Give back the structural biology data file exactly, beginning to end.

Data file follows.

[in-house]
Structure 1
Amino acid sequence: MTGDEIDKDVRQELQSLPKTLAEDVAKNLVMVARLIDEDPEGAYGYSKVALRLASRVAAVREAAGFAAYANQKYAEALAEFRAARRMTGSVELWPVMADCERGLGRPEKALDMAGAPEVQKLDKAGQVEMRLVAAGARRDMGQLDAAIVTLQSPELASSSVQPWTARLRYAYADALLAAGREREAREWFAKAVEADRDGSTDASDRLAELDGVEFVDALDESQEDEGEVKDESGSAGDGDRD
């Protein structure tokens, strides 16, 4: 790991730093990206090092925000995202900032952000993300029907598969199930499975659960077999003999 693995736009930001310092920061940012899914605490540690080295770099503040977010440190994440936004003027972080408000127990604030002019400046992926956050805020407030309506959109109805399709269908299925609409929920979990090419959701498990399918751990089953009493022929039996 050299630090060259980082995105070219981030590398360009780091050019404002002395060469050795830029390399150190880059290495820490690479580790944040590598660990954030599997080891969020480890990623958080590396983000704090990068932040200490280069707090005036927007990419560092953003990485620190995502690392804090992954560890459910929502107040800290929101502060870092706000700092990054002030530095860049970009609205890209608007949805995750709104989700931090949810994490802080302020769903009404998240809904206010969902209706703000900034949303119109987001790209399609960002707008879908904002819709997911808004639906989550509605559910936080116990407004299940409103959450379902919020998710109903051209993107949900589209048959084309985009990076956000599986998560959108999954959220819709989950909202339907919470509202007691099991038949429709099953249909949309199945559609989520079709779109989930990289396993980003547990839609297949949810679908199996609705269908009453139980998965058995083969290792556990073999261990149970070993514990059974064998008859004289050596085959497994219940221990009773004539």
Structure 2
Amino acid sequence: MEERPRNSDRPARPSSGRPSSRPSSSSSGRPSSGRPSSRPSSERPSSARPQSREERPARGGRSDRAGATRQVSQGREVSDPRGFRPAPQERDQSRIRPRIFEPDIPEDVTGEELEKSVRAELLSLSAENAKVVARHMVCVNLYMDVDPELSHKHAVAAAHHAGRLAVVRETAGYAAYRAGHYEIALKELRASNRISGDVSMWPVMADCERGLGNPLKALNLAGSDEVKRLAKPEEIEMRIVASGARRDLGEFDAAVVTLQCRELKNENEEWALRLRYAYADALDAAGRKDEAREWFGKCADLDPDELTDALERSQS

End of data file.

[in-house]
Structure 1
Amino acid sequence: MTGDEIDKDVRQELQSLPKTLAEDVAKNLVMVARLIDEDPEGAYGYSKVALRLASRVAAVREAAGFAAYANQKYAEALAEFRAARRMTGSVELWPVMADCERGLGRPEKALDMAGAPEVQKLDKAGQVEMRLVAAGARRDMGQLDAAIVTLQSPELASSSVQPWTARLRYAYADALLAAGREREAREWFAKAVEADRDGSTDASDRLAELDGVEFVDALDESQEDEGEVKDESGSAGDGDRD
């Protein structure tokens, strides 16, 4: 790991730093990206090092925000995202900032952000993300029907598969199930499975659960077999003999 693995736009930001310092920061940012899914605490540690080295770099503040977010440190994440936004003027972080408000127990604030002019400046992926956050805020407030309506959109109805399709269908299925609409929920979990090419959701498990399918751990089953009493022929039996 050299630090060259980082995105070219981030590398360009780091050019404002002395060469050795830029390399150190880059290495820490690479580790944040590598660990954030599997080891969020480890990623958080590396983000704090990068932040200490280069707090005036927007990419560092953003990485620190995502690392804090992954560890459910929502107040800290929101502060870092706000700092990054002030530095860049970009609205890209608007949805995750709104989700931090949810994490802080302020769903009404998240809904206010969902209706703000900034949303119109987001790209399609960002707008879908904002819709997911808004639906989550509605559910936080116990407004299940409103959450379902919020998710109903051209993107949900589209048959084309985009990076956000599986998560959108999954959220819709989950909202339907919470509202007691099991038949429709099953249909949309199945559609989520079709779109989930990289396993980003547990839609297949949810679908199996609705269908009453139980998965058995083969290792556990073999261990149970070993514990059974064998008859004289050596085959497994219940221990009773004539």
Structure 2
Amino acid sequence: MEERPRNSDRPARPSSGRPSSRPSSSSSGRPSSGRPSSRPSSERPSSARPQSREERPARGGRSDRAGATRQVSQGREVSDPRGFRPAPQERDQSRIRPRIFEPDIPEDVTGEELEKSVRAELLSLSAENAKVVARHMVCVNLYMDVDPELSHKHAVAAAHHAGRLAVVRETAGYAAYRAGHYEIALKELRASNRISGDVSMWPVMADCERGLGNPLKALNLAGSDEVKRLAKPEEIEMRIVASGARRDLGEFDAAVVTLQCRELKNENEEWALRLRYAYADALDAAGRKDEAREWFGKCADLDPDELTDALERSQS